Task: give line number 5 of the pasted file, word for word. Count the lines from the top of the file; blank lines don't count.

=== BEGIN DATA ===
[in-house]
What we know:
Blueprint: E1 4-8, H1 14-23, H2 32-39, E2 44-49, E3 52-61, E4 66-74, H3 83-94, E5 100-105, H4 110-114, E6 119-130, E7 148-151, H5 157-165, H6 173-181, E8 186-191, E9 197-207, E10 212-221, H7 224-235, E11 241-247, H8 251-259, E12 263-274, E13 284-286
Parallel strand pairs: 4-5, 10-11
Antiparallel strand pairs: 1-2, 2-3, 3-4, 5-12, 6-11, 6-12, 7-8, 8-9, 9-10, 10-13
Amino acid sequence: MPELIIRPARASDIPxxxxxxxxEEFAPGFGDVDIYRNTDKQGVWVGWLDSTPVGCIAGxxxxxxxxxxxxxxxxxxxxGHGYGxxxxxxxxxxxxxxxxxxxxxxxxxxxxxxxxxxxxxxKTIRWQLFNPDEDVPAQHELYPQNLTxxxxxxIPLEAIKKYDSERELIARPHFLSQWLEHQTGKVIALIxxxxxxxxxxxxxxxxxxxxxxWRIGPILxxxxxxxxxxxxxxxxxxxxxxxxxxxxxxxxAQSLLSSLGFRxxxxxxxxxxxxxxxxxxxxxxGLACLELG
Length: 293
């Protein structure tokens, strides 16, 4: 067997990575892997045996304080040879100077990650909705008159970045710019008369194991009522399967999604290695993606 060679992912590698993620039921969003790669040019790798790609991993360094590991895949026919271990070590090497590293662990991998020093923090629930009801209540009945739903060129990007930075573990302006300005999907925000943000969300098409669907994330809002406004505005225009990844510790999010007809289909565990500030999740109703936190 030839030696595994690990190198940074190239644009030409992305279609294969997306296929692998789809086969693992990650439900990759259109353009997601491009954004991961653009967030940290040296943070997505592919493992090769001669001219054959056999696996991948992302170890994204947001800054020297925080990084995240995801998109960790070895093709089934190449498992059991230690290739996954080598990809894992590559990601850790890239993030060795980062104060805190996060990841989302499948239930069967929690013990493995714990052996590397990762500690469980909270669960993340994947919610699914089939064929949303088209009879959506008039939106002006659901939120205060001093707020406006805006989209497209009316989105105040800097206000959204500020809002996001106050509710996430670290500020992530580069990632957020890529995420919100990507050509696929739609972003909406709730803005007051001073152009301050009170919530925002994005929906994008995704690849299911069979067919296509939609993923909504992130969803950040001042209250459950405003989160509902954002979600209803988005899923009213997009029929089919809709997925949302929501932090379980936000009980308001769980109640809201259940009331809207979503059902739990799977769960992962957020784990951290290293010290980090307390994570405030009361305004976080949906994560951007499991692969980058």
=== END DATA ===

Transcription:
Antiparallel strand pairs: 1-2, 2-3, 3-4, 5-12, 6-11, 6-12, 7-8, 8-9, 9-10, 10-13